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The diamond fields of Cambridge

A new type of semiconducting material, tetrahedrally bonded amorphous carbon or ‘diamond-like’ carbon, has been developed and its use for electronic applications is now being assessed. It can be deposited in the form of thin films by condensing carbon vapour from a filtered cathode vacuum arc or by laser ablation of carbon. The Thin Films Group at the Department of Engineering, headed by Dr Bill Milne, was the first group of experimenters to successfully dope this type of material with nitrogen to give it the semiconducting properties necessary for electronic applications.

The group is currently examining the use of such materials for cathodes, with a view to using them for the production of flat panel displays in either portable computers or – the ultimate in fulfilling consumer desires – TV screens that can hang like pictures on the wall.

    Band Gap Affinity
    eV eV
A Graphite sp2 0 4.5
B Diamond sp3 5.5 -1
C Polymetric sp3, H 7 -1
  • Band energies depend only on bonding
  • Use amorphous diamond-like carbon (DLC) not diamond
  • Room temperature deposition

The principle behind this application is to use electron emissions from a matrix of microcathodes placed in a vacuum behind a phosphor screen to create the picture points or pixels (a ‘field emission’ display). This will obviate the need for the scanned beam used in a normal TV tube and the large cathode-to-screen distance which that entails. A 1mm gap will be all that is required between the screen and the cathode matrix.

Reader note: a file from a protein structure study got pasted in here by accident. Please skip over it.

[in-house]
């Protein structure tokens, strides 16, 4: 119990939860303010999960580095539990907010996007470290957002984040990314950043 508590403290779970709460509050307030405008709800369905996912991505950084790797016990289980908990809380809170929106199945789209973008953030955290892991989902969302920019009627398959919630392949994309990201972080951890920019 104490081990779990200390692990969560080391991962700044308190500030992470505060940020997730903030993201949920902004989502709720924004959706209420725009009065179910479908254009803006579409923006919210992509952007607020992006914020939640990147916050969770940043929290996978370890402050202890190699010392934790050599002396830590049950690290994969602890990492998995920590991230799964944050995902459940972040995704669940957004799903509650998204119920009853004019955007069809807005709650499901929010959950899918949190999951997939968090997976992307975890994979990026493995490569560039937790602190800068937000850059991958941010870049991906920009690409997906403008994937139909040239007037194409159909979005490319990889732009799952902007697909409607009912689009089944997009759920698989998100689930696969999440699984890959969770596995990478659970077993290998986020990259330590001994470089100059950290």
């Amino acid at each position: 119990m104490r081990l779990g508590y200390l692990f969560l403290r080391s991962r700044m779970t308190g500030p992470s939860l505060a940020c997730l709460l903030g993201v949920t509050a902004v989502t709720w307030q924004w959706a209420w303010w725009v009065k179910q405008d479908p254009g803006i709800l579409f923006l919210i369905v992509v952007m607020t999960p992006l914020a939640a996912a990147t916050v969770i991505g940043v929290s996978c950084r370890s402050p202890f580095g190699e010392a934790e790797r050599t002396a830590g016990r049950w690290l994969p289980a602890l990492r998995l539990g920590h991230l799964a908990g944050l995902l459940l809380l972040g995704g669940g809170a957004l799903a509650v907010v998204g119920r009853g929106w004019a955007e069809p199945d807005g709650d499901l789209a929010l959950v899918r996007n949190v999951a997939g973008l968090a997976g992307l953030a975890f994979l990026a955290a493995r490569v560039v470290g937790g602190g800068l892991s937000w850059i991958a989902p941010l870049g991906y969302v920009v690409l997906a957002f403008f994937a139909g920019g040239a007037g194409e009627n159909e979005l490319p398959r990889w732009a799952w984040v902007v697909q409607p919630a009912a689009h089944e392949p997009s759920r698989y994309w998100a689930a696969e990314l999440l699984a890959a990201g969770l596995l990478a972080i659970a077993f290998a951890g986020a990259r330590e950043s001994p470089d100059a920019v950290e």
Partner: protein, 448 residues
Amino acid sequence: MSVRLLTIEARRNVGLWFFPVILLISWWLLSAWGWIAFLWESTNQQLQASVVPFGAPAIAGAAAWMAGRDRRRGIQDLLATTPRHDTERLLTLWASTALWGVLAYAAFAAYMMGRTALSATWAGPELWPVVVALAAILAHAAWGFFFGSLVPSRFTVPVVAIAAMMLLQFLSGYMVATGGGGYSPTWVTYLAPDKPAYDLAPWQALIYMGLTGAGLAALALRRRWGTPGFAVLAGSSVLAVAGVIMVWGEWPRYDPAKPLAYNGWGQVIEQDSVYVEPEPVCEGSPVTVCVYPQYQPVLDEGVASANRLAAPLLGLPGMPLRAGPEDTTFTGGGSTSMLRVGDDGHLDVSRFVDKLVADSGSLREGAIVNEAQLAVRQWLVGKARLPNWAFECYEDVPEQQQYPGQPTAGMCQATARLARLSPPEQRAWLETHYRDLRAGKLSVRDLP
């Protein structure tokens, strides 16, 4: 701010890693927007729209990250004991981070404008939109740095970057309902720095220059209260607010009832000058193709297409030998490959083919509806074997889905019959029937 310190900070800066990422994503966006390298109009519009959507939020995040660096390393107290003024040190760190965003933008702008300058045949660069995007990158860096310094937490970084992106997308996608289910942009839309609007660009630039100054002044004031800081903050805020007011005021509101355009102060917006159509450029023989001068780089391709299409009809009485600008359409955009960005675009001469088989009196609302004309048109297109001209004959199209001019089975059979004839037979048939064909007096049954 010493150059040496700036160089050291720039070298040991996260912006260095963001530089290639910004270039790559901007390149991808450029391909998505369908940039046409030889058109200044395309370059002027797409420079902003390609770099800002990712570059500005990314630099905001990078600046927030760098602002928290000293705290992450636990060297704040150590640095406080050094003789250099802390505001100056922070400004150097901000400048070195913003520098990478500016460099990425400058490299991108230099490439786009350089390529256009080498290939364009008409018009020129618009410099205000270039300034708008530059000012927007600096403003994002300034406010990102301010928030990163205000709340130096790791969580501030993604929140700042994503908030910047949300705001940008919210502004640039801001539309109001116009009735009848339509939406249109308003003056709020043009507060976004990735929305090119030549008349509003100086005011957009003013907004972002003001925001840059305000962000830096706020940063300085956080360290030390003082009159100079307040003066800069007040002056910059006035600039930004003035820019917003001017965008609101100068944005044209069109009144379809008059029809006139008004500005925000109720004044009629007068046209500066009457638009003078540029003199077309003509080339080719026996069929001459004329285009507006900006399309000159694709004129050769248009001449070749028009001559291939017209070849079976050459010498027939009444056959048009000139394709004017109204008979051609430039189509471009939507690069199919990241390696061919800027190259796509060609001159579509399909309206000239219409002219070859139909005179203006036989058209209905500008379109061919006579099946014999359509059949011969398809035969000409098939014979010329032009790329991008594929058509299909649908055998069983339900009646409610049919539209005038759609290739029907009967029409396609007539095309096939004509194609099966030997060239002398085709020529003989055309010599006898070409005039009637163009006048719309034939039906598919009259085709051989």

Amorphous diamond-like carbon seems eminently suitable for this application, as the innate chemical inertness of carbon will prevent emissions from being reduced by contamination, and the material has a low electron affinity making it capable of producing high current densities at low voltages from a flat rather than a pointed surface. These features are attractive in producing long cathode lifetimes. This work, which is attracting worldwide interest, is currently being funded by the EPSRC.

Principle of field emission display using carbon as the cathode.

For further information, please contact Professor Bill Milne, on (01223) 332757 or John Robertson, on (01223) 332689.

number 5, summer '96 back | contents | previous | next